This report shows that atheists, humanists and other nonreligious people are discriminated against by governments across the world. There are laws that deny atheists’ right to exist, curtail their freedom of belief and expression, revoke their right to citizenship, restrict their right to marry, obstruct their access to public education, prohibit them from holding public office, prevent them from working for the state, criminalize their criticism of religion, and execute them for leaving the religion of their parents.
Some governments outlaw the very existence of atheists. But since, as England’s Queen Elizabeth realized back in the 16th century, “we cannot open windows into men’s souls”, people cannot be prosecuted for their atheist thoughts unless and until they manifest them. Atheists and other freethinkers may manifest their irreligious thoughts by speaking out, or by rejecting religious requirements, or by publicly seeking to identify as non-religious.
Many countries criminalize manifestations of atheist convictions or skeptical thoughts. In prosecuting these “crimes” it may not be necessary to accuse the person of atheism. Many states prosecute people who express their religious doubts or dissent regardless of whether those dissenters identify as atheist. More commonly, secular people experience discrimination when they manifest their conscience by acting against the dictates of the religion of their family, community or country.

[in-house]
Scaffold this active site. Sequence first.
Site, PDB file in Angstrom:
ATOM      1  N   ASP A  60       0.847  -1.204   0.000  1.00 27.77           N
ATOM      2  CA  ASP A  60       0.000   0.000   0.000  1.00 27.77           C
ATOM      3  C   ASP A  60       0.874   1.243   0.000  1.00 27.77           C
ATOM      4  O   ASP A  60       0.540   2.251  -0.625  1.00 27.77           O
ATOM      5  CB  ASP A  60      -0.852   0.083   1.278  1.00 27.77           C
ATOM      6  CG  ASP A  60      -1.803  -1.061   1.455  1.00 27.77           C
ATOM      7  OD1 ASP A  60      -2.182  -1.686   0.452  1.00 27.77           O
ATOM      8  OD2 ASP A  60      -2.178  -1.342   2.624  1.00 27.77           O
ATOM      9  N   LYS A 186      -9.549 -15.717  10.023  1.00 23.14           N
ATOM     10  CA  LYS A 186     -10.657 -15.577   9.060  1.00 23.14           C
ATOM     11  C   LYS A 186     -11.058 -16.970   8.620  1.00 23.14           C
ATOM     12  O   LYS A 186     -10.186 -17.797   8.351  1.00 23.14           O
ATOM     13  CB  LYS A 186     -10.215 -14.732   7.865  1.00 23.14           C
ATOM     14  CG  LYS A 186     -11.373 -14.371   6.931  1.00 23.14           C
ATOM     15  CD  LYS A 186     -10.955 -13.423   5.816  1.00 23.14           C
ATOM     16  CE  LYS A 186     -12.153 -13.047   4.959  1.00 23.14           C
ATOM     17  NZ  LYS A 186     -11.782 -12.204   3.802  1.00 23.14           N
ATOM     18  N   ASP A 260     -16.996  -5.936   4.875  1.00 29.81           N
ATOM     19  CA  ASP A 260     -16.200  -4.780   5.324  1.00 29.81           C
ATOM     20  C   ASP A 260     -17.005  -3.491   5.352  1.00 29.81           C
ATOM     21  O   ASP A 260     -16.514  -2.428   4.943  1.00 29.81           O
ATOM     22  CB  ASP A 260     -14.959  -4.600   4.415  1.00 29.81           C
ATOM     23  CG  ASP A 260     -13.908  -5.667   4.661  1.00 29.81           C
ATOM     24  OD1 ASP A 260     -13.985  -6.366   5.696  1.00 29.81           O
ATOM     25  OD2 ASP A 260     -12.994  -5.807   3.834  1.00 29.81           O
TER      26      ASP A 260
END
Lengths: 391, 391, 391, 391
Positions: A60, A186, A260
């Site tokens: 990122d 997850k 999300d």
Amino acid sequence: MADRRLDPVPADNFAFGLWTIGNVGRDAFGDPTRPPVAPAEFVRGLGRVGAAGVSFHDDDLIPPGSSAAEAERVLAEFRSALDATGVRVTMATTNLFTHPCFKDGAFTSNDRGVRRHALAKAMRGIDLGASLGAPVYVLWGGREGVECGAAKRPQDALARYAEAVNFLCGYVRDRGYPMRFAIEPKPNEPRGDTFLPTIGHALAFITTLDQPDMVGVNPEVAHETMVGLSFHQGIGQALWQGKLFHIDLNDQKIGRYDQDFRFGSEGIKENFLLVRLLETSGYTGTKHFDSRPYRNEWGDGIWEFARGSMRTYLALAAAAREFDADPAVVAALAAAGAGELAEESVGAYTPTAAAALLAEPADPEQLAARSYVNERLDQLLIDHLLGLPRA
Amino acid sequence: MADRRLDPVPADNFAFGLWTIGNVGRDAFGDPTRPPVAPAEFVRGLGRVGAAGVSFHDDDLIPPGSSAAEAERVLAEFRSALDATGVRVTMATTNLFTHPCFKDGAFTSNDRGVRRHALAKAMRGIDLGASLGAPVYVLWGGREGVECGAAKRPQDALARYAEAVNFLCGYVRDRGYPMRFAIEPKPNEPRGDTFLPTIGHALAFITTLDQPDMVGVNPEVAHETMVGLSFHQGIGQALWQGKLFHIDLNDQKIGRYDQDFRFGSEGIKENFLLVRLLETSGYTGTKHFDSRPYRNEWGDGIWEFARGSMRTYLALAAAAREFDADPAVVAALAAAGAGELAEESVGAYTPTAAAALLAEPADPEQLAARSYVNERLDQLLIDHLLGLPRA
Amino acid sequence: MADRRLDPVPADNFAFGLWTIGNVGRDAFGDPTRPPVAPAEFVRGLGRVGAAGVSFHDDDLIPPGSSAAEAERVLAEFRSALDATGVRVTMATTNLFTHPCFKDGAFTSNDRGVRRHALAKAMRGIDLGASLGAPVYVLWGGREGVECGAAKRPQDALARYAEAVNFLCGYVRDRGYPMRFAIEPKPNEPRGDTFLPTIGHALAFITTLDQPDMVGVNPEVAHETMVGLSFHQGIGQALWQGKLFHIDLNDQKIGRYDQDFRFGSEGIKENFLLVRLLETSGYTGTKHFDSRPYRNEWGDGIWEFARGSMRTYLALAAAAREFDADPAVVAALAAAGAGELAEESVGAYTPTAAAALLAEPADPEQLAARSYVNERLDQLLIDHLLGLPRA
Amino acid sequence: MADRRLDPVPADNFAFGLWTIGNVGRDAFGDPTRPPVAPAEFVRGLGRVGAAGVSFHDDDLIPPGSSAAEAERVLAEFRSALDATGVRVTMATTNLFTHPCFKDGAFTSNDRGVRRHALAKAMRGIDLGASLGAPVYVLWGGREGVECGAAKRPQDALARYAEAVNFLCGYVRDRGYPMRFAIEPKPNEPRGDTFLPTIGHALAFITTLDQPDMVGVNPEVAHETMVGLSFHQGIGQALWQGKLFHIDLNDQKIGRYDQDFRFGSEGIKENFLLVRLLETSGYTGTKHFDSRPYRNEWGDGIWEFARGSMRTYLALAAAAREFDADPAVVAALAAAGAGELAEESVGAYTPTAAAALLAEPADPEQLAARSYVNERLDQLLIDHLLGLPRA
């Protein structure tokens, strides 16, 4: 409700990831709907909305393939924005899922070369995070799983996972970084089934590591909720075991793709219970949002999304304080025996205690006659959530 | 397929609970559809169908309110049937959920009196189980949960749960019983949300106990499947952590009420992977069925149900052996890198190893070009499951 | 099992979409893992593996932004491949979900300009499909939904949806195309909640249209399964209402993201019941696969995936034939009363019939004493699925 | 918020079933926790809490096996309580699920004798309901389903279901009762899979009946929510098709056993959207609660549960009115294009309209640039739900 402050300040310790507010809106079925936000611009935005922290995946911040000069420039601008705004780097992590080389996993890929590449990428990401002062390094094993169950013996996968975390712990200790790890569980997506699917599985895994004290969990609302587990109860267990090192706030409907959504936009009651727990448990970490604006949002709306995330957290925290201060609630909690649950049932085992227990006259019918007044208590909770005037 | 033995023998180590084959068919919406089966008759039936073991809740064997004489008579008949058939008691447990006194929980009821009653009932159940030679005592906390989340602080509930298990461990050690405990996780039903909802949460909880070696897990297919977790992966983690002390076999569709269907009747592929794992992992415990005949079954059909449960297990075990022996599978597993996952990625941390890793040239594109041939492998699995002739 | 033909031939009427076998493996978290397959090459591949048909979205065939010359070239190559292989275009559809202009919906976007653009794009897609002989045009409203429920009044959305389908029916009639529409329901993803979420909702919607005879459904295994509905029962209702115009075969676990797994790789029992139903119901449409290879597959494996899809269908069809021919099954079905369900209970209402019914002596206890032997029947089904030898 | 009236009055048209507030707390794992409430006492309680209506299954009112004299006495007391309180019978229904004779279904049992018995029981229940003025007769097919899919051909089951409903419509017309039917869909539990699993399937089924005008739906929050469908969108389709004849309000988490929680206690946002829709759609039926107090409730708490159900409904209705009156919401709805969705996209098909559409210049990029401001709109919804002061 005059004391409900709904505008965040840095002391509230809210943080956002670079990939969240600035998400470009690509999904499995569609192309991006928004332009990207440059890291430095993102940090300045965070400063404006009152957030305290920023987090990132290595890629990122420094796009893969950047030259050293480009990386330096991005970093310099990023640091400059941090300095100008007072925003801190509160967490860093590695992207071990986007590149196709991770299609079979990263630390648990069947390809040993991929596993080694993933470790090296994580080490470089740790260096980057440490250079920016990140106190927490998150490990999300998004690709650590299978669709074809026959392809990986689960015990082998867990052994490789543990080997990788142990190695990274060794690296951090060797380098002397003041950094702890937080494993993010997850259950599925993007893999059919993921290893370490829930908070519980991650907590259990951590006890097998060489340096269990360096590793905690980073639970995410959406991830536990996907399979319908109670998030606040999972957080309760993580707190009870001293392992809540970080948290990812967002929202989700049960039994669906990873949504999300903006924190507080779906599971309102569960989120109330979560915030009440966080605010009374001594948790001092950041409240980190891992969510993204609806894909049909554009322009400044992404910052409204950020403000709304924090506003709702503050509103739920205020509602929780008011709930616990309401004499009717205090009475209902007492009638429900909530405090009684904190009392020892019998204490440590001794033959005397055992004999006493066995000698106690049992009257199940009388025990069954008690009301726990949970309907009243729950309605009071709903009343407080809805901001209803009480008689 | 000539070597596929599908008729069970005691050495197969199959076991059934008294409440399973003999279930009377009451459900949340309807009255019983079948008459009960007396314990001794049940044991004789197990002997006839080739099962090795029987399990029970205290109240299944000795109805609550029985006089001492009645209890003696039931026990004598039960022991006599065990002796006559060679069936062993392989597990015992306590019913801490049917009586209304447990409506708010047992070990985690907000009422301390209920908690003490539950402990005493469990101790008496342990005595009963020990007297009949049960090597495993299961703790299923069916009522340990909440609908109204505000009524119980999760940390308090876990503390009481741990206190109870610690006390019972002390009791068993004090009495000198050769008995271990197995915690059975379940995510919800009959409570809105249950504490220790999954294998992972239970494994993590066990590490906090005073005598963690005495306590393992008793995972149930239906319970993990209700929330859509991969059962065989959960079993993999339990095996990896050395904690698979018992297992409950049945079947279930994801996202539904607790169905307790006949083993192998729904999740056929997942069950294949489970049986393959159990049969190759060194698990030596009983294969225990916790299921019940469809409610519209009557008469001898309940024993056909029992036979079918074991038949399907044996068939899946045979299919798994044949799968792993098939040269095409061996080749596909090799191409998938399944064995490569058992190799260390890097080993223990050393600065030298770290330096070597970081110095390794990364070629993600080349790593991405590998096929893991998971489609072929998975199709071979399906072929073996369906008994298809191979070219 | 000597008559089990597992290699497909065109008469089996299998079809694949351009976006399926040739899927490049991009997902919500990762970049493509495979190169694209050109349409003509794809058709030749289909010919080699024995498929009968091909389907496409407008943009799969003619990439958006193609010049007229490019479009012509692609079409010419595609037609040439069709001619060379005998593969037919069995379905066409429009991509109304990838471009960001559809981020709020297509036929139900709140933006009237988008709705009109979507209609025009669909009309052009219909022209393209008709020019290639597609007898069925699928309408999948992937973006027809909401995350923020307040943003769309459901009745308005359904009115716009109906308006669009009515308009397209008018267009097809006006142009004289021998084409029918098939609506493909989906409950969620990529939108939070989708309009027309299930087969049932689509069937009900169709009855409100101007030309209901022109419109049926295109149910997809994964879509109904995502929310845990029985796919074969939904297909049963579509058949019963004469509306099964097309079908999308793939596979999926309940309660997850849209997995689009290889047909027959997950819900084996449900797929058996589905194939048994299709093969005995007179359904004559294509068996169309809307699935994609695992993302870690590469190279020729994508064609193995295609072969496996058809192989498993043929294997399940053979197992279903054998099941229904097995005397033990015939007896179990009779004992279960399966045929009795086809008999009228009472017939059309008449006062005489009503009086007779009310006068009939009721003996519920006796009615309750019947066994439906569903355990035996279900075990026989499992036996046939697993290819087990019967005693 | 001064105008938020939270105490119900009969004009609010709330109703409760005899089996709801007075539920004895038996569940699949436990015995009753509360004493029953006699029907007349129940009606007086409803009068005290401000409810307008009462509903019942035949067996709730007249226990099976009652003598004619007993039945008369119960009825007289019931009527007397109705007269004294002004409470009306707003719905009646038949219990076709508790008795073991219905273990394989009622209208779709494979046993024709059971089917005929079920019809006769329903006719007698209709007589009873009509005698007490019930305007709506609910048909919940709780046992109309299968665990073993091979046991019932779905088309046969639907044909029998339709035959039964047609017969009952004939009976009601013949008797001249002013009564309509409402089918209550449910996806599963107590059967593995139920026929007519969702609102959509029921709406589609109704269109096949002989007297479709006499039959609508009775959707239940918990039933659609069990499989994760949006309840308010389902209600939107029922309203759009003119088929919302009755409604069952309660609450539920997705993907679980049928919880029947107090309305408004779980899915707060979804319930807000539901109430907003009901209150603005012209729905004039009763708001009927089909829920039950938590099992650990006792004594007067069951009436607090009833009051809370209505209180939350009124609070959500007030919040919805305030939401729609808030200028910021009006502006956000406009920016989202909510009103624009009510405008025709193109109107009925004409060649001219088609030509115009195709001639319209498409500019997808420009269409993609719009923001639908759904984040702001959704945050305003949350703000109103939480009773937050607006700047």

At least seven states–Arkansas, Maryland, Mississippi, North Carolina, South Carolina, Tennessee, and Texas–have in place constitutional provisions that bar atheists from holding public office. One state (Arkansas) even has a law that bars an atheist from testifying as a witness at a trial. The Supreme Court effectively struck down these kind of provisions as unconstitutional in 1961. However, their continued existence is a reminder of the pervasiveness of the idea that atheists are untrustworthy, and perhaps even not truly American.
Of course, when an atheist stands up against such unconstitutional treatment, they are often harassed, belittled and shunned. Ironically, during this phase, many Christians will shout about how they’re being discriminated against, simply because atheists don’t want to have the Christian (or any other) religion shoved down their throat.